• They prefer water that is more alkaline and harder than guppies;
  • They prefer warmer water to the guppy, which is good for me as my tank is outside in a sheltered position and the water temp often exceeds the lethal temp for guppies;
  • Males display for the females, rather than harass them;
  • They behave more like a wild fish than a pet fish - if you get some endlers you will know what I mean...
I really like these little fish, they are interesting to watch.  They quickly learn that people equate to food and begin to frantically beg wneh they see you, even if they are not hungry.  They seem to be breeding well for us in conditions that are less than ideal and I can only begin to imagine how well they would do in perfectly clear water with stable temperatures and adequate lighting.  If they survive the summer I hope to have enough to be able to sell some, trade some, perhaps keep some in with the water chestnuts during the warmer seasons or even feed some to the poultry.  

Endler male, I would cull him as mine look much nicer than this one - picture by Marrabbio2
I have tried to take pictures of the Endlers and the endler/guppy hybrids but have had no luck.  They are far too speedy for me.  I tried putting some in a jar so that they could not escape the camera but they lost their colour as soon as I caught them and did not colour up again until I put them back in their tank.  Above are some of the best pictures that we took, and they have no real colour compared to the lively little fish as soon as I put them back in the tank.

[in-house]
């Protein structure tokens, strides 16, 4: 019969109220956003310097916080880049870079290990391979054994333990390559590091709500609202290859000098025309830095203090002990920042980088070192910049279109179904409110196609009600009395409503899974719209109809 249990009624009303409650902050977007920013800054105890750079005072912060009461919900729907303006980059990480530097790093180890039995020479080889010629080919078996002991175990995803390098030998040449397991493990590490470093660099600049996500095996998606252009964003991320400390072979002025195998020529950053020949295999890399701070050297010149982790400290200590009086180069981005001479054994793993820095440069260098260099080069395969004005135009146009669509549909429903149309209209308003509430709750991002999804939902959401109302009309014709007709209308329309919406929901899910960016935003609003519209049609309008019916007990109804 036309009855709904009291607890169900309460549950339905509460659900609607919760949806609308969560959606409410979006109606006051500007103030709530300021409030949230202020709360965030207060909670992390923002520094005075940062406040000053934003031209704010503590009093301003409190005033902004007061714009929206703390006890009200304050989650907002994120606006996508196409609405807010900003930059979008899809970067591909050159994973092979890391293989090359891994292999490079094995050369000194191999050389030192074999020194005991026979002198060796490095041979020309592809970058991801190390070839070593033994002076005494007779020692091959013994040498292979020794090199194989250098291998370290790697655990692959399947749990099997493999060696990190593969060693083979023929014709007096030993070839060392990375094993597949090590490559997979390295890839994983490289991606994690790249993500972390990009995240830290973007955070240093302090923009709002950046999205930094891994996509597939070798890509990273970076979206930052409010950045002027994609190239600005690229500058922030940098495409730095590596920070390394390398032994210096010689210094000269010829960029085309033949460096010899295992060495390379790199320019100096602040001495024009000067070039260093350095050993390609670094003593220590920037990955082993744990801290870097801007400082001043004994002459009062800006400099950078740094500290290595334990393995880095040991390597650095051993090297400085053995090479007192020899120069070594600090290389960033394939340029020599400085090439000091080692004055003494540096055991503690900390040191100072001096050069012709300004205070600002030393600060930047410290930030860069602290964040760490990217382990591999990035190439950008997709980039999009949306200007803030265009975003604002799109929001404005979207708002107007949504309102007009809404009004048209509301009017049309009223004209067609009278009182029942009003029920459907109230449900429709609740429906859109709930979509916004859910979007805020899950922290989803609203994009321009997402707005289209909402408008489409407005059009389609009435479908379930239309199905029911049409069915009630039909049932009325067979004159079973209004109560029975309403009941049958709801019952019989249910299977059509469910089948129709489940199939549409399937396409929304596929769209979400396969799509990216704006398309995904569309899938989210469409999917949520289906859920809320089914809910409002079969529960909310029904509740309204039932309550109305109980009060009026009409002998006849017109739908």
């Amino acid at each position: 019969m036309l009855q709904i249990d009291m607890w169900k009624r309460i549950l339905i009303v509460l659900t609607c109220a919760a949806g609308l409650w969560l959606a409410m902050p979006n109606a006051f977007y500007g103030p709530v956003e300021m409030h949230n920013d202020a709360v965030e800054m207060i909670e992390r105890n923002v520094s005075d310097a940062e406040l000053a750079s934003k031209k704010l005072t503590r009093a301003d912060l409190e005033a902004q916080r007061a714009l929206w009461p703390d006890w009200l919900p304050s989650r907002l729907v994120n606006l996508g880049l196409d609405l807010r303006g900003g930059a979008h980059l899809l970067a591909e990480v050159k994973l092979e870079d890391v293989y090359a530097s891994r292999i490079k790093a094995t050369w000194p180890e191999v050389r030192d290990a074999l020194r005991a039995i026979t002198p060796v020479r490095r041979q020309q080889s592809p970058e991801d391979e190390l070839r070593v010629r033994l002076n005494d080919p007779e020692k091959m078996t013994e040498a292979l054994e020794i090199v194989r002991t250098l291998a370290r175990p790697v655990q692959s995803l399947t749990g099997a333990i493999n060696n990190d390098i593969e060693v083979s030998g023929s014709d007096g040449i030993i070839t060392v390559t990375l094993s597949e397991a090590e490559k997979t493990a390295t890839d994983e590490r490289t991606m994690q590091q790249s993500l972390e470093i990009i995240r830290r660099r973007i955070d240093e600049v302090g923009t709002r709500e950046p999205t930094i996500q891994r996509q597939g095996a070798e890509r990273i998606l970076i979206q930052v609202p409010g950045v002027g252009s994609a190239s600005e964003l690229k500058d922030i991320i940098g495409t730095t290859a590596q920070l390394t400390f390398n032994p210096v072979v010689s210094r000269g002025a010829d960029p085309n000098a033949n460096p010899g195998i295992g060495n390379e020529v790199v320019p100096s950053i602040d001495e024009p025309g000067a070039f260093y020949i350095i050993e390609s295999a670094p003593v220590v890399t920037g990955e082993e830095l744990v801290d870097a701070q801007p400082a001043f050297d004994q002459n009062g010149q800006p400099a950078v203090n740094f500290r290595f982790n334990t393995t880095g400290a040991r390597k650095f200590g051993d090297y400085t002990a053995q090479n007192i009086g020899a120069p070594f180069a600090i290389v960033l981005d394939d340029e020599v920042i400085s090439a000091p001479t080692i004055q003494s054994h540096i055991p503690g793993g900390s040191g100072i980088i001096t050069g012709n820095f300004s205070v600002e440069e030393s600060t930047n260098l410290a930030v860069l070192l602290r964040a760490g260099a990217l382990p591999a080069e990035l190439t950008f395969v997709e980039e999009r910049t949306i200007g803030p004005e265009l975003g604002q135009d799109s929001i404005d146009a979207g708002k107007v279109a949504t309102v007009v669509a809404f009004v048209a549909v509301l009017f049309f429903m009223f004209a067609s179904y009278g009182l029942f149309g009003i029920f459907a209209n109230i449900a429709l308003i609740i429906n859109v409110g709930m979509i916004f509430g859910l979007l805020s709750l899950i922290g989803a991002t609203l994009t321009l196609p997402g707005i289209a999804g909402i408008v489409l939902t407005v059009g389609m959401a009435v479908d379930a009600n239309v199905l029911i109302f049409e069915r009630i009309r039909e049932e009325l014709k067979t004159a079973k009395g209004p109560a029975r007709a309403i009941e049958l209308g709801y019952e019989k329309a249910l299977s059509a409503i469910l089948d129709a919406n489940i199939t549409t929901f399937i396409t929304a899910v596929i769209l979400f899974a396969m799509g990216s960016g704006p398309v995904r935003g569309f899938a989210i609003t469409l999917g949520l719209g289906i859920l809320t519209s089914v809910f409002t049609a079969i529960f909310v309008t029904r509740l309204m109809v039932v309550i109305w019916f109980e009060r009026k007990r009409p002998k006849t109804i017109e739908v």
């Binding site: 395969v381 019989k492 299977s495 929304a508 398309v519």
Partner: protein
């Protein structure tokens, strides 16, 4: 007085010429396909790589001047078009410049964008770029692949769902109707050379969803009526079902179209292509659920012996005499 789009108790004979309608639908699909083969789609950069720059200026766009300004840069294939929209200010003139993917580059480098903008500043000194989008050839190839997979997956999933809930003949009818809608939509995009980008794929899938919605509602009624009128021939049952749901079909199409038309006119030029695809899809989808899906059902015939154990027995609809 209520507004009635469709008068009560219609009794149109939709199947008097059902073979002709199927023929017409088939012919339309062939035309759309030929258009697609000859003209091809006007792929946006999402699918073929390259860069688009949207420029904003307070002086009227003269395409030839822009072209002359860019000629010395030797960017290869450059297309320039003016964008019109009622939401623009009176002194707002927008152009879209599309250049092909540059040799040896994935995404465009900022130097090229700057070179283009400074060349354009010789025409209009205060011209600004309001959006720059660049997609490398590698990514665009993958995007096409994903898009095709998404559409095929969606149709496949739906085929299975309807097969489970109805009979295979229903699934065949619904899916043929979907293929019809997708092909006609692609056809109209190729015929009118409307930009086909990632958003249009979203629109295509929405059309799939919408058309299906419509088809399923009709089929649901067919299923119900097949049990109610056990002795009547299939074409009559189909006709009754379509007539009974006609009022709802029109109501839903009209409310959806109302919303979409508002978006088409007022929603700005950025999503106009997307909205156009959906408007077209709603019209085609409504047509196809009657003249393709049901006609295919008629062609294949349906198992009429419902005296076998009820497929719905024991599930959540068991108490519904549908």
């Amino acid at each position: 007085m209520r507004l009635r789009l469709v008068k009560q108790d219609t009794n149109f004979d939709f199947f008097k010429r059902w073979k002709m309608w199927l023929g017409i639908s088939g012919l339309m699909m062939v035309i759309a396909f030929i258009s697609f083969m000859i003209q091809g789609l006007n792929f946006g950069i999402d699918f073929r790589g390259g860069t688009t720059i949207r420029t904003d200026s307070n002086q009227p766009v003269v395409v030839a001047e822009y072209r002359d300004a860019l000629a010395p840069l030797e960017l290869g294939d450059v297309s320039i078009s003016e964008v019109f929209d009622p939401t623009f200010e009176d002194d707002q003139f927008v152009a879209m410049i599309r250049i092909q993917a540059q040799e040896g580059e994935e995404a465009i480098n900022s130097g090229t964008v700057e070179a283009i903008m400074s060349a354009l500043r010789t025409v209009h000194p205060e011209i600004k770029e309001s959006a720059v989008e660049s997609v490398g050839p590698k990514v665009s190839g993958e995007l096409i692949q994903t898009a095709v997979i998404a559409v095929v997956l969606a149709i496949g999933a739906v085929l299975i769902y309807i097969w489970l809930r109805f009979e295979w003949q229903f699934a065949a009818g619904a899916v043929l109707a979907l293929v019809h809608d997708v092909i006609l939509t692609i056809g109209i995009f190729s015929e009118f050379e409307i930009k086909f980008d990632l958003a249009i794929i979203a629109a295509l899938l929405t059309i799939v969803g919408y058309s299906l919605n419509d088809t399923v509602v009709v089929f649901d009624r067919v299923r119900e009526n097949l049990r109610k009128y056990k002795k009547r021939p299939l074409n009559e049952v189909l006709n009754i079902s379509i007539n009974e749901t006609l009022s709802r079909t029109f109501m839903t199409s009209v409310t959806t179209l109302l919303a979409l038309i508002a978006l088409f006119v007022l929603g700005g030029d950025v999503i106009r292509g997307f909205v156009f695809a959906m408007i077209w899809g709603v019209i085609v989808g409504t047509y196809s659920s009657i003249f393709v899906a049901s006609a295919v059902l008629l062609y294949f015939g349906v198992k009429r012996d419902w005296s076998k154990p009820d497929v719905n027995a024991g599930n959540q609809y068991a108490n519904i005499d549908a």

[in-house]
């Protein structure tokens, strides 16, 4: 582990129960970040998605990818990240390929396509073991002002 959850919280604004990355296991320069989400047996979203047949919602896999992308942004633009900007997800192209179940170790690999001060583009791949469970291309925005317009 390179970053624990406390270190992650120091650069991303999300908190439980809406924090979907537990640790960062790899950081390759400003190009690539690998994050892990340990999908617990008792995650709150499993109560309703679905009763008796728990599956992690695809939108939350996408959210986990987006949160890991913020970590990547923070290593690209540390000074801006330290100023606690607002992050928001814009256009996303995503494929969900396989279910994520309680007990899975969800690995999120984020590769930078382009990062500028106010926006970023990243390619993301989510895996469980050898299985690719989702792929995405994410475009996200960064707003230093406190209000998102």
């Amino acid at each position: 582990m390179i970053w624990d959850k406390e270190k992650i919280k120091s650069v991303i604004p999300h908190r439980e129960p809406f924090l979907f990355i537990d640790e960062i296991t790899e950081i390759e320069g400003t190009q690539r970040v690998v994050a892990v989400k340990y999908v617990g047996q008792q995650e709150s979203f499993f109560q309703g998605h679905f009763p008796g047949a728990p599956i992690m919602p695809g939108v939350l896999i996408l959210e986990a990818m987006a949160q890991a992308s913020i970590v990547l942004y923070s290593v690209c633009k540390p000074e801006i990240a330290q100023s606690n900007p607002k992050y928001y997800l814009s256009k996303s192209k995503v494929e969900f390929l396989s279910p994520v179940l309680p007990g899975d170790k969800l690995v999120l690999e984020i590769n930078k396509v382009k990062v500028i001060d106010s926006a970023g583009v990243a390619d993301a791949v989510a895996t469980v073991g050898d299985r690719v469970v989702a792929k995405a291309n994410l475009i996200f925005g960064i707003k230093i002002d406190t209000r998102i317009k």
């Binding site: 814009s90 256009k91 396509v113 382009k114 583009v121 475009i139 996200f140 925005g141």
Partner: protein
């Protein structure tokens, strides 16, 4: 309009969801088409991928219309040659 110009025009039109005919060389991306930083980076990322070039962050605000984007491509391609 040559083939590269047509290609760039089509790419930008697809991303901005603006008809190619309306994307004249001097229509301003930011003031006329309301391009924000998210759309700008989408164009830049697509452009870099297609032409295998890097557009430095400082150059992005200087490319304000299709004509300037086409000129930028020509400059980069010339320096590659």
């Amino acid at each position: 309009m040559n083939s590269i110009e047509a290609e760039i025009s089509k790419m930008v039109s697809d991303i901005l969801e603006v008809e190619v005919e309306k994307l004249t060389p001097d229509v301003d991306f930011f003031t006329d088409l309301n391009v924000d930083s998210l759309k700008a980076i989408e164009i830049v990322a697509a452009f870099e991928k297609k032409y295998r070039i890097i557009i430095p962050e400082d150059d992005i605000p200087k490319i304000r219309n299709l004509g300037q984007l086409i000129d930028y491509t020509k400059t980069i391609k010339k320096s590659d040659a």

I have learned a few things about expensive guppies and "pure" endlers from my little tank.  Some of the expensive guppy types are in fact hybrids with endlers, I have had a few 'Japanese neon blue' guppies and a few other noticeable types appear in my tank.  Some of the 'pure endlers' that I see for sale overseas that have been collected from the wild, are in fact hybrids.  I assume that they hybridised naturally prior to being caught by people, but the fact remains that they are not pure endlers.  Again, in my little tank, I have had a few 'peacock endlers' and some other things show up.  Some of these fish are truly beautiful and it would be simple enough to line breed them for a few generations so that I had several exotic types that breed true to type, but I have no interest in them.  The natural beauty of the wild type endlers has captivated me and I am culling hard to remove anything that is not close to a real endler.

At this stage I have no plans on sending live fish through the post, so if you would like to get them from me feel free to contact me through my for sale page but you would have to pick them up.